Two big tech groups are set to give a boost to the Chinese certificate of deposit (CDR) market, once celebrated by Beijing as the first channel for fast-growing companies to sell shares in mainland China.
Shanghai Technology Offers Star market for artificial intelligence start-up Megvii and computer maker Lenovo would be the first large companies to be listed via CDRs since their launch with fanfare nearly three years ago.
The announcements also come because Washington has thorough examination on Chinese groups doing business in New York, including legislation that could force write-offs and sanctions that ban U.S. investment.
Megvii, a facial recognition company, had previously attempted a public listing in Hong Kong. He reduced his fundraising goal by 1 to 500 million dollars, before giving up the offer last year against the backdrop of US sanctions.
The company was added to the U.S. Department of Commerce’s Entity List in 2019 due to alleged human rights violations in China’s Xinjiang region. Megvii said she had not generated any income from Xinjiang in the six months leading up to June 2019.
A file released on Tuesday indicates that Chinese state-owned Citic Securities was working with Megvii on a listing, the first step in a multi-month process. The group did not say how much they were looking to raise.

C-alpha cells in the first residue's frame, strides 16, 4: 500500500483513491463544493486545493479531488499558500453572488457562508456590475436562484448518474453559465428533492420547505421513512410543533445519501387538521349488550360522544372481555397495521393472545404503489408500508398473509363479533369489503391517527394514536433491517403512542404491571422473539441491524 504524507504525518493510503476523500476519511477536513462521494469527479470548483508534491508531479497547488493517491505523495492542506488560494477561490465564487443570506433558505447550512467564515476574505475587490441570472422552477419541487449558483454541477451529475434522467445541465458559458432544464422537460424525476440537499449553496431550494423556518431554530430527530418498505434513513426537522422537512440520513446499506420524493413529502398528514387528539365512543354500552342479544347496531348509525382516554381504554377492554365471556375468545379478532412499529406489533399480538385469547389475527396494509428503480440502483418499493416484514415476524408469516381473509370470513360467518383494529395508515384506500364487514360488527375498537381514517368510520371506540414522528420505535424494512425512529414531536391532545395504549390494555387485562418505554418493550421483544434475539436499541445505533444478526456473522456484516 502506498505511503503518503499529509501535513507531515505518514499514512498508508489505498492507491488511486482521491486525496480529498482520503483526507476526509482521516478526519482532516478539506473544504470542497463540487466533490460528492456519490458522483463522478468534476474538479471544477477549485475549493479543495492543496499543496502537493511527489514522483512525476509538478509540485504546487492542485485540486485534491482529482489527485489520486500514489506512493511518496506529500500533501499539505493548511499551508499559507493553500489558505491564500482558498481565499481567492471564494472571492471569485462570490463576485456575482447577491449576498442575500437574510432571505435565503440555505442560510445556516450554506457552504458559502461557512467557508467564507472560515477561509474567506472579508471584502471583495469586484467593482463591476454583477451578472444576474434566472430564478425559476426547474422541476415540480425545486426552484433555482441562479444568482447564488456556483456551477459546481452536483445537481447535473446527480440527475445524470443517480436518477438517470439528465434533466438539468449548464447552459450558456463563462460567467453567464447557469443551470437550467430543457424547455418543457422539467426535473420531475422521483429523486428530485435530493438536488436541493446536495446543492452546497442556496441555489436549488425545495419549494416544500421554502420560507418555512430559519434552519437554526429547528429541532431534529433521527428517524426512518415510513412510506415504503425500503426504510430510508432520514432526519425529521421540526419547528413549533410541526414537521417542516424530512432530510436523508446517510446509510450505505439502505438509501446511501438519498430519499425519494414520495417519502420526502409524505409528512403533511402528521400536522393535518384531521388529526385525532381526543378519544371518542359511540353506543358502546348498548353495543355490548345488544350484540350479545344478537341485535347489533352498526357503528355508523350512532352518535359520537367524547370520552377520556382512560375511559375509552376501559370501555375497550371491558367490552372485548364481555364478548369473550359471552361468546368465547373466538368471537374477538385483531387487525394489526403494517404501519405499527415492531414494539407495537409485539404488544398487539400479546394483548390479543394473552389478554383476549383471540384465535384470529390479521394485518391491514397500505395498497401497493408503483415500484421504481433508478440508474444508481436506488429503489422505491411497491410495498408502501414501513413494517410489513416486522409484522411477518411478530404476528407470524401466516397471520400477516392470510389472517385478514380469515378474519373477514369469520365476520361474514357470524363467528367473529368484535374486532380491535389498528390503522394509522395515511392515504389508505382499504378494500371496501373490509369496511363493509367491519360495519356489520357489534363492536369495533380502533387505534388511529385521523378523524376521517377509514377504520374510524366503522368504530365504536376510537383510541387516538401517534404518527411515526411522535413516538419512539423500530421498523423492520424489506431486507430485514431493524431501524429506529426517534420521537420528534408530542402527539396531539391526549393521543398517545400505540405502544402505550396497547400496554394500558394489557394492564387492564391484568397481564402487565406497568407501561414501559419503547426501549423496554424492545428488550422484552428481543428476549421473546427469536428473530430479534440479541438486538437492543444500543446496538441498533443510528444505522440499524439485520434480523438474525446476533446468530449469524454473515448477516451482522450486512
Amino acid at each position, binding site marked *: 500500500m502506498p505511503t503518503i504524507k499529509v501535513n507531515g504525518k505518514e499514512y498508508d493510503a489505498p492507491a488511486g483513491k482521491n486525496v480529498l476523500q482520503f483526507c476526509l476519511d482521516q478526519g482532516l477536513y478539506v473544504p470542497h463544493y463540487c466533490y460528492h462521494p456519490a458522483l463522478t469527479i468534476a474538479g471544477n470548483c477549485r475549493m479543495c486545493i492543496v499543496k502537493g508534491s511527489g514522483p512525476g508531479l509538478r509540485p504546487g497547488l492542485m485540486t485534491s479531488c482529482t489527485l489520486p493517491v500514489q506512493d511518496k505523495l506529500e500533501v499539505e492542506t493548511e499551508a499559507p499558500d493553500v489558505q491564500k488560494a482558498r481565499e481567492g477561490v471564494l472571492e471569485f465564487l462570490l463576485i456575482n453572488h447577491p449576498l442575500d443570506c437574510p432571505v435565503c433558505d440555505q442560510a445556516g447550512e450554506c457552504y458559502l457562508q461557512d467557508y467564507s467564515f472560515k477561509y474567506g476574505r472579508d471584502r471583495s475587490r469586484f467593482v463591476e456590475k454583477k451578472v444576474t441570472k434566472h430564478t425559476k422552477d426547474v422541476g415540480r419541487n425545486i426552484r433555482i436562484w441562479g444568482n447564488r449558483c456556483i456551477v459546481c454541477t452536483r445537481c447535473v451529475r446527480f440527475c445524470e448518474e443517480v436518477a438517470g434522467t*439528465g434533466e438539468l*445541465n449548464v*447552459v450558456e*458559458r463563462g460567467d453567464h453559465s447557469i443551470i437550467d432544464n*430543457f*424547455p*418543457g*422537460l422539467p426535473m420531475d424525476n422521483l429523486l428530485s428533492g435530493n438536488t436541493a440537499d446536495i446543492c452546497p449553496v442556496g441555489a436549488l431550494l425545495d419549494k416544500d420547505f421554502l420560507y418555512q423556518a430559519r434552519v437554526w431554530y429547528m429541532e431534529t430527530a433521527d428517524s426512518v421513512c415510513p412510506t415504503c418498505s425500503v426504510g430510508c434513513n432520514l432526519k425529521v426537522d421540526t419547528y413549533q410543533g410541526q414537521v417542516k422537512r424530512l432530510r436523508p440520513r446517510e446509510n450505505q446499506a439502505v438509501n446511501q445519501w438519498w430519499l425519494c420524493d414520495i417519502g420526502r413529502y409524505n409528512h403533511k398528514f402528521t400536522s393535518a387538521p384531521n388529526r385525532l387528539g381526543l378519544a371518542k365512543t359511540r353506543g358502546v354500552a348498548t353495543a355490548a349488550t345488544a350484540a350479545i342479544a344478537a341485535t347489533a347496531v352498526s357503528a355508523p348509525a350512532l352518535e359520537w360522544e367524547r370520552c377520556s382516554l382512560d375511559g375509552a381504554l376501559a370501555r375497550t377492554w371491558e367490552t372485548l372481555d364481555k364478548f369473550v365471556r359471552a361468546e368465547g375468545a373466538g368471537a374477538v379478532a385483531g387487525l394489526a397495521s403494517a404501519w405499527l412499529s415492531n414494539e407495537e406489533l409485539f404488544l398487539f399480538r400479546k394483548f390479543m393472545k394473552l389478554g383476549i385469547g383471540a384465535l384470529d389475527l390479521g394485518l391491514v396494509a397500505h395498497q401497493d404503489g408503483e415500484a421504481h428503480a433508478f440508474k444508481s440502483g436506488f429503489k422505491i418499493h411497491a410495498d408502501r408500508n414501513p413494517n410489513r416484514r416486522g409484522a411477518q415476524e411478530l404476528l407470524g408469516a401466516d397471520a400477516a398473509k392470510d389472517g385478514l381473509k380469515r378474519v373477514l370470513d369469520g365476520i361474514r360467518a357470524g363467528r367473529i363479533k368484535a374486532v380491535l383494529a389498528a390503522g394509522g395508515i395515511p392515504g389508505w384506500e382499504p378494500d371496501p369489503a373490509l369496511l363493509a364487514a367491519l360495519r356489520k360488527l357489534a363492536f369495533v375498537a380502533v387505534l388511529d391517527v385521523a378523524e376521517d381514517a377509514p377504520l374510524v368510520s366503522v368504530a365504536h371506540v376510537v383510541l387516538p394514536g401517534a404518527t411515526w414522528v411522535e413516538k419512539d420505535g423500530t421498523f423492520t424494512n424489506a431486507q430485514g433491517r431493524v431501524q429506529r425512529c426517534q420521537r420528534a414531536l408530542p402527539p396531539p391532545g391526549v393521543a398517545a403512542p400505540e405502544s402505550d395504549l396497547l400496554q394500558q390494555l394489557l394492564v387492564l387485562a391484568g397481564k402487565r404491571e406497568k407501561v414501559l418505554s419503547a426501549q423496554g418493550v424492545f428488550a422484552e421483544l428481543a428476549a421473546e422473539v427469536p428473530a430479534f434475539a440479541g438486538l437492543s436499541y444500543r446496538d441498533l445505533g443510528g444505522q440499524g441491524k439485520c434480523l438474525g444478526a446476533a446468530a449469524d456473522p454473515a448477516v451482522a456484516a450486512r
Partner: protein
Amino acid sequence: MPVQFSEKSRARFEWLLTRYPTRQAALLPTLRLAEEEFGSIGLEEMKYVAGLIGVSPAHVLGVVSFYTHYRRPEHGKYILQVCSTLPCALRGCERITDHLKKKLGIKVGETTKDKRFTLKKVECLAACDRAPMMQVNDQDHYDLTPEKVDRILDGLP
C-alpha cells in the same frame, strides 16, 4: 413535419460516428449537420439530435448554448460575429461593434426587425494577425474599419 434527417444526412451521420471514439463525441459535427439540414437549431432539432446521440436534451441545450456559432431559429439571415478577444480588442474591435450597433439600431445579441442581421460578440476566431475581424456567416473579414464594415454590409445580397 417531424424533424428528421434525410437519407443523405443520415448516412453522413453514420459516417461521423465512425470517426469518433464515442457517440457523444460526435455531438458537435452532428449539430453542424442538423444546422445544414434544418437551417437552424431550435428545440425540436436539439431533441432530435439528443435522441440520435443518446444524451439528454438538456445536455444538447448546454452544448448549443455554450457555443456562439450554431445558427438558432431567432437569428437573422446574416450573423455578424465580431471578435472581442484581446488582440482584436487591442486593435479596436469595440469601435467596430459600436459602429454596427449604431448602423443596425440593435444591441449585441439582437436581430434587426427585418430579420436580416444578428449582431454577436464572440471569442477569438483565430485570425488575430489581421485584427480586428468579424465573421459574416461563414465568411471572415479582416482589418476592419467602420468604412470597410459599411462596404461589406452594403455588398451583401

Meanwhile, shares of Hong Kong-listed Lenovo jumped 17% to their highest level in more than five years on Wednesday. Lenovo said it would issue up to 10 percent of its expanded share capital in the CDR offering.
CDRs were announced in 2018 in hopes of luring mainland Chinese tech groups that trade in New York City via U.S. certificates of deposit, which have been used to raise billions of dollars on Wall Street. The CDR system was in part intended to enable Chinese tech companies to avoid issues such as the use of variable interest entities, which were otherwise not permitted on continental trade.
But the first significant attempt to issue CDRs by smartphone maker Xiaomi collapsed in the face of regulatory demands from Beijing.
The only company to have successfully listed CDRs is Ninebot, the owner of two-wheeled vehicle maker Segway, which raised RMB 1.3 billion ($ 200 million) in the All-Star Marketplace in October. Many large Chinese technology groups operating in the United States have instead opted for secondary ads in Hong Kong.
Analysts said there were downsides to selling stocks through CDRs. Ninebot had to face a long approval process due to regulatory requirements.
“There are a lot of technical difficulties and uncertainties with issuing CDRs,” said Bruce Pang, research director at investment bank China Renaissance.
CDRs cannot be traded identically with shares of the same company that trade on an offshore platform, Pang added, and they can also attract higher custodial fees.
On the plus side, he said, trading and issuance of CDRs is available to UK-based investors via the Shanghai-London. Stock Connect scheme.